AS: We don’t understand how divisive race is in America (or other countries).

Q: What about the “white washing” of diverse characters (the character is one of colour, but the cover image shows a white character)?

EKJ: It happened to Beth Revis. In Across the Universe, the male love interest is black. The actor in the movie is white.

AS: I wanted my novel’s Asian love interest on the cover and was nervous, but the publisher agreed. Julie Kagawa’s Clockwork Prince features an Asian on the cover. The cover for Nalo Hopkinson’s Brown Girl in the Ring is culturally appropriate.

EKJ: YS Lee’s Agency series is another example.

MP: I have noticed some of this, but I’ve seen more graphic covers that don’t feature a person at all. I don’t know if I’m reading too much into it, though.

JAM: What about the humour aspect? Canadian humour is self-deprecating.

And that was time.

Next week: We’ll be cutting contracts 🙂

On deck (today): The next chapter June update and a Caturday quickie pupdate.

Ad Astra 2015 day 2: Put the pen down and back away slowly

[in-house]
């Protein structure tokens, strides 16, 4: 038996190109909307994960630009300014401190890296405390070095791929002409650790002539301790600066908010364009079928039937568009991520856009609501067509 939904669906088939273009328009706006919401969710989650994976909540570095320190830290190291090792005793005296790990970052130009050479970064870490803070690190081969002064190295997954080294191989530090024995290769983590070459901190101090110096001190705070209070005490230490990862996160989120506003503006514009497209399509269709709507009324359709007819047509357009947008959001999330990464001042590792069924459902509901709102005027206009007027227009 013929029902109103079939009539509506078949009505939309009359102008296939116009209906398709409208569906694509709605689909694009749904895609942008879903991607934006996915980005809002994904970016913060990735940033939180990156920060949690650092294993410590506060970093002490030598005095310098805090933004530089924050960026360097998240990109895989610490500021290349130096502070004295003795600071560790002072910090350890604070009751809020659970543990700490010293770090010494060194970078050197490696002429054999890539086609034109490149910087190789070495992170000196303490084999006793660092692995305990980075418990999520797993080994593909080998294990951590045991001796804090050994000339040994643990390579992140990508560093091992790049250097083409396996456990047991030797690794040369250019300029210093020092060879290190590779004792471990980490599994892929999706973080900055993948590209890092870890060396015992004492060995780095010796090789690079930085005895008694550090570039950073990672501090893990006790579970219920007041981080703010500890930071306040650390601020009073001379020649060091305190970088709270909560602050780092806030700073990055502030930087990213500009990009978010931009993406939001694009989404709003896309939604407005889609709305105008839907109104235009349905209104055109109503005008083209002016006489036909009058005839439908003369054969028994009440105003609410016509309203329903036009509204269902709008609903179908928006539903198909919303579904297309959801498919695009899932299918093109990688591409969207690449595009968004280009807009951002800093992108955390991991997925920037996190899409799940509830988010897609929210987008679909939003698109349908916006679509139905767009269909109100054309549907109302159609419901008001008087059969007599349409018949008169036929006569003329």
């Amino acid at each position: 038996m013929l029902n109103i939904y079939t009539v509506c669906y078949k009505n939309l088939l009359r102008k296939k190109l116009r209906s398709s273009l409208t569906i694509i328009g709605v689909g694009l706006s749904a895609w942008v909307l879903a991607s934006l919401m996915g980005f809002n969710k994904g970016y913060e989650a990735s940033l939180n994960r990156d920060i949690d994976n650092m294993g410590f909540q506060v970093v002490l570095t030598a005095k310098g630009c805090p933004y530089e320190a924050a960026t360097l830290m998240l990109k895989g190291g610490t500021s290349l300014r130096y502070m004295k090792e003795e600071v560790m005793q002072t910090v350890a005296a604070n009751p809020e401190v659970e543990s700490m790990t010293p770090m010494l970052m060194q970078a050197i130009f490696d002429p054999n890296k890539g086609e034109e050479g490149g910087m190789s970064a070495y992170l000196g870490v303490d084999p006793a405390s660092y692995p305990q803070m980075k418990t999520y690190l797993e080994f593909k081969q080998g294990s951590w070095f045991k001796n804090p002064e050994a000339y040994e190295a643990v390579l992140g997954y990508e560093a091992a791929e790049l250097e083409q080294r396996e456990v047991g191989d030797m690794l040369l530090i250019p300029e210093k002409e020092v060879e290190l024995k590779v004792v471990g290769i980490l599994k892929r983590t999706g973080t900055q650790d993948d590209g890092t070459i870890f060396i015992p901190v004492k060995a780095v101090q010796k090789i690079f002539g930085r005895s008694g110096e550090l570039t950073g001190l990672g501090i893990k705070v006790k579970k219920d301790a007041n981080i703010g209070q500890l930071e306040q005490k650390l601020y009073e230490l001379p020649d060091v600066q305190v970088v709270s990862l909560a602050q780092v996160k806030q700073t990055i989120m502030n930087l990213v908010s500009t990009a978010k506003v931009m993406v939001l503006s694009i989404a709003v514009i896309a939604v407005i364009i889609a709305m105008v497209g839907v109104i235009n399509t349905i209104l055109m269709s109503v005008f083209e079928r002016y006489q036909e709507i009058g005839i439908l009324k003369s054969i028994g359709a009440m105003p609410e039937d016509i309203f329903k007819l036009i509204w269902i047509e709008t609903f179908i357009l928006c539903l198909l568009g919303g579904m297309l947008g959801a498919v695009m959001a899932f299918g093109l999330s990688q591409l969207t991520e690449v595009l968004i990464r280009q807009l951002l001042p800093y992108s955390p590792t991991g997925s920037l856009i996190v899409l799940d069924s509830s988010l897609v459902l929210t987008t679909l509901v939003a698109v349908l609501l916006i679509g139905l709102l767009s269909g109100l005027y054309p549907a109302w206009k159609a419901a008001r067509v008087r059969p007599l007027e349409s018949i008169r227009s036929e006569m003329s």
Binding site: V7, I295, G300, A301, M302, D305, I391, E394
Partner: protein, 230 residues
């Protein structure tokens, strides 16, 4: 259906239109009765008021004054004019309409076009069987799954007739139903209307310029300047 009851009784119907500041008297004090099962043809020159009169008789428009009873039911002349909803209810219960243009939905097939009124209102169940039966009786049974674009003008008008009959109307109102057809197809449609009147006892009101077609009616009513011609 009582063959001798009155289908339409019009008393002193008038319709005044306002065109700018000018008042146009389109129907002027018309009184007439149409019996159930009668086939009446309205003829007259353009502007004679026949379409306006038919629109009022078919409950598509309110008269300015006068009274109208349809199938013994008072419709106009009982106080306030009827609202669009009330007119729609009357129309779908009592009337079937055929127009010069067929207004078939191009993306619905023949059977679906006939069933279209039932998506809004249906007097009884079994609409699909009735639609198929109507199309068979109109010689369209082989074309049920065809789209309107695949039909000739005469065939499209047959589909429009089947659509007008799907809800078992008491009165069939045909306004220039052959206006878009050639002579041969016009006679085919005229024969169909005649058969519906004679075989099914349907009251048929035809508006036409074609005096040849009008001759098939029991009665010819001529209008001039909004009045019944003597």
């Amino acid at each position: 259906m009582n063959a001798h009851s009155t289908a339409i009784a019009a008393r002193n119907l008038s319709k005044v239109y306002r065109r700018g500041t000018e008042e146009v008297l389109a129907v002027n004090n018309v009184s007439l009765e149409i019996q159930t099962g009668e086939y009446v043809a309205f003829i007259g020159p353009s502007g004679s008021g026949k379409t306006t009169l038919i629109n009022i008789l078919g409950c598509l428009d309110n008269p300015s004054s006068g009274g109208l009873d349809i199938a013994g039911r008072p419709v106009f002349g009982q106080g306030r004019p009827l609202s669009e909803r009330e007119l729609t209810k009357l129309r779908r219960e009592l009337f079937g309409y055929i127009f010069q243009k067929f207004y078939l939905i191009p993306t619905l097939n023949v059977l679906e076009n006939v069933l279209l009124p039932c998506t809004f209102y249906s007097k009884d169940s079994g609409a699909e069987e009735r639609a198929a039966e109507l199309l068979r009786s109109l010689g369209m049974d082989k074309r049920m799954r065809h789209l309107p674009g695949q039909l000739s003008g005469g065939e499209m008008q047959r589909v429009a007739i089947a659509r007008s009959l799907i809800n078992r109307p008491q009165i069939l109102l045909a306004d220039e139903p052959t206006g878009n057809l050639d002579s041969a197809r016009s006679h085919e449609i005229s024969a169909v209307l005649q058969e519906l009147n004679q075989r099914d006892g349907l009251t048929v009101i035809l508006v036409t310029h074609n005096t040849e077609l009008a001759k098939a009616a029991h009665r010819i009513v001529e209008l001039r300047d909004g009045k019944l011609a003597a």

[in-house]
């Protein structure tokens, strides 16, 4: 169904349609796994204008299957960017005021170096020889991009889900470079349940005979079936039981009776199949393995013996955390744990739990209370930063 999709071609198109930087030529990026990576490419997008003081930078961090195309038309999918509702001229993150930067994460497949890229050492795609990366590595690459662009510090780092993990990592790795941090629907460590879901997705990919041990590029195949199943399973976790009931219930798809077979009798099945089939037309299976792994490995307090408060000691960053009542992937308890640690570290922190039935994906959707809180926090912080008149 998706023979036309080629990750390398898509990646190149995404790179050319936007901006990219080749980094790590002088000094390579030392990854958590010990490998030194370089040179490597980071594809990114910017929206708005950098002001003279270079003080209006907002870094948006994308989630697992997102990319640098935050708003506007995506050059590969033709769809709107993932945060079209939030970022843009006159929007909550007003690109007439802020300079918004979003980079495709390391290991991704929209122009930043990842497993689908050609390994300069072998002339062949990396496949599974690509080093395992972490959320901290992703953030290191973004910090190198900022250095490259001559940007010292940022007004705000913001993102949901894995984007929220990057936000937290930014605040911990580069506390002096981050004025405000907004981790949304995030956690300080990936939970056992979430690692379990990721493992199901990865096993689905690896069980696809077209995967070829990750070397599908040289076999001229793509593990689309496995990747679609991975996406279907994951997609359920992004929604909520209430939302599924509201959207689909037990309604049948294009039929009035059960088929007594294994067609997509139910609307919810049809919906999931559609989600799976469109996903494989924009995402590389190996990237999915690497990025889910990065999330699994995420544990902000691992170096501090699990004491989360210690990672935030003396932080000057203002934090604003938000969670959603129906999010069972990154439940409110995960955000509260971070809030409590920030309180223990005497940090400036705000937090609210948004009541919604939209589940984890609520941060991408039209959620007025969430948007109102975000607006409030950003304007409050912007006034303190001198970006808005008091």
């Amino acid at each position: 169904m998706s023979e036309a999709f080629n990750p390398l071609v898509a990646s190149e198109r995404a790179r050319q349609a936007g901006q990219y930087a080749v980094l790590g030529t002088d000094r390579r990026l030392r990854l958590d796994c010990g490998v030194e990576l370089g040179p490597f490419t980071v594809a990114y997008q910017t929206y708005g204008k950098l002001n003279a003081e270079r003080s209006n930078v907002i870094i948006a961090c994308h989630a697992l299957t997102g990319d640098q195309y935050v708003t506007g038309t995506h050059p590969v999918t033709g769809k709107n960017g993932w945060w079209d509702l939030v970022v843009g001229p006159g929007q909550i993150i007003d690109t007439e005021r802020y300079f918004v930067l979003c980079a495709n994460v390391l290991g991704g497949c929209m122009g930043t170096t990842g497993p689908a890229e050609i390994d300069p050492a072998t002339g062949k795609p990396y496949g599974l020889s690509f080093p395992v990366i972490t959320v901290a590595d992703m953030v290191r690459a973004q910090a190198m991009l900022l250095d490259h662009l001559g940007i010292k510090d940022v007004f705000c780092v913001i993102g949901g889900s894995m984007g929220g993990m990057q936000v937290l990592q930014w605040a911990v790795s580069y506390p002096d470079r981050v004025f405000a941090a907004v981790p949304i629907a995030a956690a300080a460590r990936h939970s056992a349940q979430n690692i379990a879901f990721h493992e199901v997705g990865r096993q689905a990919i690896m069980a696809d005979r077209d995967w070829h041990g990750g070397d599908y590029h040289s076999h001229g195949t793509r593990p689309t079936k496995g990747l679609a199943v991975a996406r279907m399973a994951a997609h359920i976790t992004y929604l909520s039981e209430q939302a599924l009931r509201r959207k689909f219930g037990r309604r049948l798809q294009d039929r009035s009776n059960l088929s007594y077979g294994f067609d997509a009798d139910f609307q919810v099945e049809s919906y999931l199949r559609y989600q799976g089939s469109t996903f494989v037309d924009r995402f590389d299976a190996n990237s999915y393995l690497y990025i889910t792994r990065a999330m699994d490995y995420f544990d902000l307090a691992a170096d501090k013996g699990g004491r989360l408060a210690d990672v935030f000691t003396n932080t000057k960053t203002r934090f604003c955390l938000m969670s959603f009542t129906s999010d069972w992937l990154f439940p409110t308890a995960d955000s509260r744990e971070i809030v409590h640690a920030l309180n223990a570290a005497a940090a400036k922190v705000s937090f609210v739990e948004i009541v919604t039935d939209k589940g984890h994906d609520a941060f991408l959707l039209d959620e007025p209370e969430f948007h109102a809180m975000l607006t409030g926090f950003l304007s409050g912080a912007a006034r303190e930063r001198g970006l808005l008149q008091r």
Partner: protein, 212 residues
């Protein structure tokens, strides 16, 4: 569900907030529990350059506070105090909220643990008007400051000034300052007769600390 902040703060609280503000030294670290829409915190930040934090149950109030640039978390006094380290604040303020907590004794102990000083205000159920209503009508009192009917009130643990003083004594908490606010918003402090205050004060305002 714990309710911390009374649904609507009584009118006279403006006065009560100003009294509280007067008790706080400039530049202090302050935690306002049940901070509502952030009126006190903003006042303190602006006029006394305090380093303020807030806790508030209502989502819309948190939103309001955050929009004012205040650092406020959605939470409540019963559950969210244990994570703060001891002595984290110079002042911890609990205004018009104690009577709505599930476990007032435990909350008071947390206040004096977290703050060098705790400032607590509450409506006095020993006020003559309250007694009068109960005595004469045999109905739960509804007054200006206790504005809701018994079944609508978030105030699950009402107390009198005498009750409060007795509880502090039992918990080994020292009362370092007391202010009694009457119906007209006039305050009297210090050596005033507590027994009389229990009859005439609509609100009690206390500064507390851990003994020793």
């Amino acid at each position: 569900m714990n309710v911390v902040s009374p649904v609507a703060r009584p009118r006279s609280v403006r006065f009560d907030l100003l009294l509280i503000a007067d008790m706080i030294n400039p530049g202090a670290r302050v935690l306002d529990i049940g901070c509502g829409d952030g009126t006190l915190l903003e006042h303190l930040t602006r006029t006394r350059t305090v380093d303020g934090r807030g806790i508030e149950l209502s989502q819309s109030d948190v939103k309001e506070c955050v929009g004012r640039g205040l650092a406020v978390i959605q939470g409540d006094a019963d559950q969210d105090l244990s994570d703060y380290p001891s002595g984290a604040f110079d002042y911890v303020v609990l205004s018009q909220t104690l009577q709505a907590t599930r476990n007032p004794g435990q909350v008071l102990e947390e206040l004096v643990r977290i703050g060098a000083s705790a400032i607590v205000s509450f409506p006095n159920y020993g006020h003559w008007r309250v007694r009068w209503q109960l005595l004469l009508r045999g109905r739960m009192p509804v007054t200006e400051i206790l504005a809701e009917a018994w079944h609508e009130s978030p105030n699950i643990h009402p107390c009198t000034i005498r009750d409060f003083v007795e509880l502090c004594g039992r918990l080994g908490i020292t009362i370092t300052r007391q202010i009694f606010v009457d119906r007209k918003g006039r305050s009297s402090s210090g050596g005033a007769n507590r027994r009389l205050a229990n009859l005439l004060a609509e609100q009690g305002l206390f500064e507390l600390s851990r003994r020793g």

Editing your work

Quick note: My apologies. Last week I mentioned that I would be getting uncanny, but I realized (only today when I opened my notebook) that the panel on the new weird, speculative fiction, and uncanny literature was one that I sat back and enjoyed rather than taking copious notes. I guess I needed a bit of a break (!)

In any case, I did take notes on the self-editing panel. And here they are 🙂

Panellists: Julie Czerneda, Anne Bishop, Monica Pacheco, Kelley Armstrong

Self-editing panel

AB: I used to write a scene because I wanted to follow the path for the story. Now, if I know a scene will likely be cut, I can run through it in my mind without writing it.

MP: Do you edit as you write?

KA: If I edit as I go, I’ll never finish. My first drafts are quick and dirty. The faster, the better.

JC: I just finished two fantasies, two literally, sweeping epics. Now I’m writing science fiction, so I find it easier to write to a word count goal. Still, I like to write quick and dirty, though.

AB: I write my first draft to tell me what the story’s about often. Anything goes at this stage and I use a strange font. It tends to free me up.

MP: Where do you start?